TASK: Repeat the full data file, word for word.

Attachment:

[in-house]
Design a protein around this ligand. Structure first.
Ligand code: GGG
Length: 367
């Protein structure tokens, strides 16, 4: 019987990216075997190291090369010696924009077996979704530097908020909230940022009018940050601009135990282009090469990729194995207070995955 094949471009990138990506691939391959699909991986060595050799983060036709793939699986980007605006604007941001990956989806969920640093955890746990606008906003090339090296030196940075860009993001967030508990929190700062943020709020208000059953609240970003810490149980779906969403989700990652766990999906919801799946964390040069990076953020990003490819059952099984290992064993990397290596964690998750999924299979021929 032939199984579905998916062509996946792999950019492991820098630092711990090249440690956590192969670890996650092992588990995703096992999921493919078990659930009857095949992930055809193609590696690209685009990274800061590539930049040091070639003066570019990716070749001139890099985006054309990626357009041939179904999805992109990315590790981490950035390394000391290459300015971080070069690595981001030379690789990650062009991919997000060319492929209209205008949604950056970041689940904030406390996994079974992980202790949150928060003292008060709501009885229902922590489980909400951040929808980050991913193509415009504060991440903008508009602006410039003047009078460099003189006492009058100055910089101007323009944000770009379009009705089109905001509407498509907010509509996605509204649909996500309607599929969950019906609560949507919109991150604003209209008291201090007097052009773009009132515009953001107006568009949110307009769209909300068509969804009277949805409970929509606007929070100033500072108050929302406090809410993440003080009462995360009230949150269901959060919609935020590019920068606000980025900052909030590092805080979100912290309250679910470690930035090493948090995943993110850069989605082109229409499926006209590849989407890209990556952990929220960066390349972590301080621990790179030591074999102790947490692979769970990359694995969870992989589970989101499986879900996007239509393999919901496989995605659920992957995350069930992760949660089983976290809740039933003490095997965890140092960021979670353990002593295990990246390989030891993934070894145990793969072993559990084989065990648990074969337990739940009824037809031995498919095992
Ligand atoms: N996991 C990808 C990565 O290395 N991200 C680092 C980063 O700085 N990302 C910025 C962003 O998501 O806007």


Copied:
[in-house]
Design a protein around this ligand. Structure first.
Ligand code: GGG
Length: 367
């Protein structure tokens, strides 16, 4: 019987990216075997190291090369010696924009077996979704530097908020909230940022009018940050601009135990282009090469990729194995207070995955 094949471009990138990506691939391959699909991986060595050799983060036709793939699986980007605006604007941001990956989806969920640093955890746990606008906003090339090296030196940075860009993001967030508990929190700062943020709020208000059953609240970003810490149980779906969403989700990652766990999906919801799946964390040069990076953020990003490819059952099984290992064993990397290596964690998750999924299979021929 032939199984579905998916062509996946792999950019492991820098630092711990090249440690956590192969670890996650092992588990995703096992999921493919078990659930009857095949992930055809193609590696690209685009990274800061590539930049040091070639003066570019990716070749001139890099985006054309990626357009041939179904999805992109990315590790981490950035390394000391290459300015971080070069690595981001030379690789990650062009991919997000060319492929209209205008949604950056970041689940904030406390996994079974992980202790949150928060003292008060709501009885229902922590489980909400951040929808980050991913193509415009504060991440903008508009602006410039003047009078460099003189006492009058100055910089101007323009944000770009379009009705089109905001509407498509907010509509996605509204649909996500309607599929969950019906609560949507919109991150604003209209008291201090007097052009773009009132515009953001107006568009949110307009769209909300068509969804009277949805409970929509606007929070100033500072108050929302406090809410993440003080009462995360009230949150269901959060919609935020590019920068606000980025900052909030590092805080979100912290309250679910470690930035090493948090995943993110850069989605082109229409499926006209590849989407890209990556952990929220960066390349972590301080621990790179030591074999102790947490692979769970990359694995969870992989589970989101499986879900996007239509393999919901496989995605659920992957995350069930992760949660089983976290809740039933003490095997965890140092960021979670353990002593295990990246390989030891993934070894145990793969072993559990084989065990648990074969337990739940009824037809031995498919095992
Ligand atoms: N996991 C990808 C990565 O290395 N991200 C680092 C980063 O700085 N990302 C910025 C962003 O998501 O806007």